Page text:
Elon Musk offered to buy Twitter and turn it into a privately owned “freed speech platform.”
Musk taking over Twitter is a dream come true for many conservatives, and a nightmare for many liberals.
Weeks after becoming Twitter’s biggest shareholder, Musk offered to buy the social media company outright for $54.20 a share, or about $43 billion, according to a Securities and Exchange Commission filing Wednesday.
I made an offer https://t.co/VvreuPMeLu
— Elon Musk (@elonmusk) April 14, 2022
Musk, who confirmed the move in a tweet Thursday morning, said in the filing it was his “best and final offer.”
- “I invested in Twitter as I believe in its potential to be the platform for free speech around the globe, and I believe free speech is a societal imperative for a functioning democracy,” wrote Musk, the billionaire chief executive of Tesla and SpaceX and the world’s richest man.
- “However, since making my investment I now realize the company will neither thrive nor serve this societal imperative in its current form,” he wrote. “Twitter needs to be transformed as a private company.”
“If the offer is not accepted,” Musk said he would “need to reconsider my position as a shareholder,” according to a letter sent to Bret Taylor, Twitter’s chair, Wednesday and enclosed in the filing. “Twitter has extraordinary potential. I will unlock it.”
HOW WE GOT HERE
Musk disclosed he had bought a 9.2% stake in Twitter in an April 4 regulatory filing.
- The next day, Twitter announced Musk would join its board, but the company later revealed he had actually rejected the offer on Saturday.
- Musk would have had to agree to cap his ownership of Twitter as 14.9% as part of the deal, so the about-face spurred speculation that he was plotting a hostile takeover of the company.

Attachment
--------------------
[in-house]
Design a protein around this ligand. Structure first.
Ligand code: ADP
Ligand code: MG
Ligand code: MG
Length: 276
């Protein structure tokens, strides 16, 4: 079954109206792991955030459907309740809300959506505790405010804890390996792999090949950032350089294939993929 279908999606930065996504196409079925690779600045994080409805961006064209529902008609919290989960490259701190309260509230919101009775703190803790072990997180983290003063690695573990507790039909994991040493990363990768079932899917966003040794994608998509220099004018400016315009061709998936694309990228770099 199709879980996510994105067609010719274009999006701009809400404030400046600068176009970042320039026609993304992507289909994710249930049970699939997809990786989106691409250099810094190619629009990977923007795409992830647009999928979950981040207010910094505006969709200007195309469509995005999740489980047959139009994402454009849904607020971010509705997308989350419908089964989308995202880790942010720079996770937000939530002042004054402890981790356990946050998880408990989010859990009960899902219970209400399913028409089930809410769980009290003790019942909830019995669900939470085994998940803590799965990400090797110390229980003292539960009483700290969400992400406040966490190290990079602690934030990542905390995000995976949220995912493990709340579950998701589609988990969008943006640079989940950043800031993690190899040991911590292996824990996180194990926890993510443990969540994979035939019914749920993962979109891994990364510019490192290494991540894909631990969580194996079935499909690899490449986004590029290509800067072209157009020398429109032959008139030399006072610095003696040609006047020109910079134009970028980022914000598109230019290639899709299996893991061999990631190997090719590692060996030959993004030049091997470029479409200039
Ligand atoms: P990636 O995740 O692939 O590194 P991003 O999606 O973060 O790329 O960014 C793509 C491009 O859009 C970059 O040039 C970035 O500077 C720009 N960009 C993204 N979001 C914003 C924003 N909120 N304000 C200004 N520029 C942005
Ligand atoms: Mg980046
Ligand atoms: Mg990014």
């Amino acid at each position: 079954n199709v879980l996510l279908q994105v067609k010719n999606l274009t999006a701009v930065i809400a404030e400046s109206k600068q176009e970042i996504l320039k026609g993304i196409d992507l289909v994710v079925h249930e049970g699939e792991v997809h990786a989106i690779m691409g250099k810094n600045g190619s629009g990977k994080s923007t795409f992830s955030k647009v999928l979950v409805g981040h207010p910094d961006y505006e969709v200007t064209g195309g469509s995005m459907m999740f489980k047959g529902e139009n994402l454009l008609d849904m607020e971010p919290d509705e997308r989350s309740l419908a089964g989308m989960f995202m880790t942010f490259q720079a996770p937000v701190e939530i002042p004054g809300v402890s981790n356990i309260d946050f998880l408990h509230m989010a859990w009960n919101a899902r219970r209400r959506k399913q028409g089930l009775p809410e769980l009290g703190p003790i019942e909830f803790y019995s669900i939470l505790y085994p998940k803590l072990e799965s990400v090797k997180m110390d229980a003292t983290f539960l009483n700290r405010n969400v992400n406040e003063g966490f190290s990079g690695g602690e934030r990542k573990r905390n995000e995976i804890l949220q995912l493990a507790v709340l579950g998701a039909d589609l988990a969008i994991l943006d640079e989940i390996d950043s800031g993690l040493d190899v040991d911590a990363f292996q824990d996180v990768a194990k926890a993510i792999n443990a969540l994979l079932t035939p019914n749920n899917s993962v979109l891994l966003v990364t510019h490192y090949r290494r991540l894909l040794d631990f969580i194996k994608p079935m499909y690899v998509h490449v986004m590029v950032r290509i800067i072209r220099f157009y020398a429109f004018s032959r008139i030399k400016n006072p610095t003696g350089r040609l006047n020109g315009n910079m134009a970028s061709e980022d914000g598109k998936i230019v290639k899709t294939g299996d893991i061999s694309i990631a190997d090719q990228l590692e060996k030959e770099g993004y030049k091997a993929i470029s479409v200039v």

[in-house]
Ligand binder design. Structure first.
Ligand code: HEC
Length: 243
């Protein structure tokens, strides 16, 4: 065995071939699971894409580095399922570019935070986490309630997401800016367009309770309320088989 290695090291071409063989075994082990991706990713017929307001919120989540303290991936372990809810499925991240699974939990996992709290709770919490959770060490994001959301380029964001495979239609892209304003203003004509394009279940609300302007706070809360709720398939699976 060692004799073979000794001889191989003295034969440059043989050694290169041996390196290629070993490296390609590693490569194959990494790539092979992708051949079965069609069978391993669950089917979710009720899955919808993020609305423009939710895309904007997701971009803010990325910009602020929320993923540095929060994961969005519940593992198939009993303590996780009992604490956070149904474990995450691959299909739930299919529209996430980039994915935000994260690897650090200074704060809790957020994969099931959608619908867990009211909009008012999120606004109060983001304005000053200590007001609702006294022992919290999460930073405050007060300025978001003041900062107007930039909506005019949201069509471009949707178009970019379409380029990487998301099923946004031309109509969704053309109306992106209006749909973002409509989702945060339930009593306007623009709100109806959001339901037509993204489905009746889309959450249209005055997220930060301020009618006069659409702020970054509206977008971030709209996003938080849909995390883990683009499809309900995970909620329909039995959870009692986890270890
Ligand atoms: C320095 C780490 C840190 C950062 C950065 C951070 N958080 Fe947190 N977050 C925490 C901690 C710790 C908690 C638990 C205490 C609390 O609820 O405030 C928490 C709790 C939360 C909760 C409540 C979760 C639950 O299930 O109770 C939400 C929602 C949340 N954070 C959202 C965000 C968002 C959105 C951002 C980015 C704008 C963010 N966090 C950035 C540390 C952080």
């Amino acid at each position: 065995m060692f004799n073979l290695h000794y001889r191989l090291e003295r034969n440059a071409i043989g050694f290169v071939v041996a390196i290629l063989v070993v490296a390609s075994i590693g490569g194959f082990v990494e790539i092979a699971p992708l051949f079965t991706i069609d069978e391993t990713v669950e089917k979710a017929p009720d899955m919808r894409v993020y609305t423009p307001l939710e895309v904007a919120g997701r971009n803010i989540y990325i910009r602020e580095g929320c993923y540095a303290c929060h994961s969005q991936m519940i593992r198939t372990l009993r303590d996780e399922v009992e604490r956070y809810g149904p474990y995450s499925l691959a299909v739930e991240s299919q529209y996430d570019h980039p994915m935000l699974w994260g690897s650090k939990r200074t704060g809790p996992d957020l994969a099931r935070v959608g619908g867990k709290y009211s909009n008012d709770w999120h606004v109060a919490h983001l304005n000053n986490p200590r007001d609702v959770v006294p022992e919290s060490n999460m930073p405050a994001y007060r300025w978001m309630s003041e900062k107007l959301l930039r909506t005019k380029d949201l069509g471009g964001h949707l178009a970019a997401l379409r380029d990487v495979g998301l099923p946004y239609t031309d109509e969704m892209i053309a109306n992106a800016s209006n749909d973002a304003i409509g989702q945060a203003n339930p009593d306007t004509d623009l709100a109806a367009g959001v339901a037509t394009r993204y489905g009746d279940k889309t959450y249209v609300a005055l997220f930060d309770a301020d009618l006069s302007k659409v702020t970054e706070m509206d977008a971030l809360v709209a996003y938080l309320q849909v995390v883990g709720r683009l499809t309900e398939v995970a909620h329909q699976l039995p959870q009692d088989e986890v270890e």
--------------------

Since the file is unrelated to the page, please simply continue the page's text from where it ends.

- In a series of tweets this week, Musk asked his 80 million followers, “Is Twitter dying?” and proposed turning the company’s San Francisco headquarters into a homeless shelter.
Conservative commentators have celebrated the possibility of Musk taking control of Twitter given his longstanding criticism of the company for censorship.
- “A free Twitter would mean an open debate about ideas on the single most important incubator of elite opinion in the world. It would mean a return to free and fair elections in the United States …,” Fox News host Tucker Carlson said on air Tuesday. “And above all, a free Twitter would mean a direct challenge to the people in charge of our country’s institutions, many of whom are incompetent.”
- “Elon Musk seems to be our last hope,” Carlson added.
But prominent liberals in the media have warned that Musk’s Twitter, with its ostensibly open discourse, would be dangerously authoritarian and bigoted.
- “Will Musk use his clout to let [former President] Trump back on? I fear he will,” wrote Robert Reich, a former U.S. Secretary of Labor, in a column for The Guardian Tuesday.
- “Musk has long advocated a libertarian vision of an ‘uncontrolled’ internet. That vision is dangerous rubbish. … In reality, that world would be dominated by the richest and most powerful people in the world, who wouldn’t be accountable to anyone for facts, truth, science or the common good.
- “That’s Musk’s dream. And Trump’s. And [Russian President Vladimir] Putin’s,” Reich continued. “And the dream of every dictator, strongman, demagogue and modern-day robber baron on Earth. For the rest of us, it would be a brave new nightmare.”
Also Tuesday, a group of former Twitter shareholders sued Musk for allegedly waiting too long to disclose his purchase of the company’s stock, saying they missed out on the subsequent run-up in stock price.
- After Musk disclosed his stake, Twitter shares rose 27% – from $39.31 to $49.97.
- Musk’s offer to buy Twitter came at an 18% premium over where Twitter shares ended trading on Wednesday.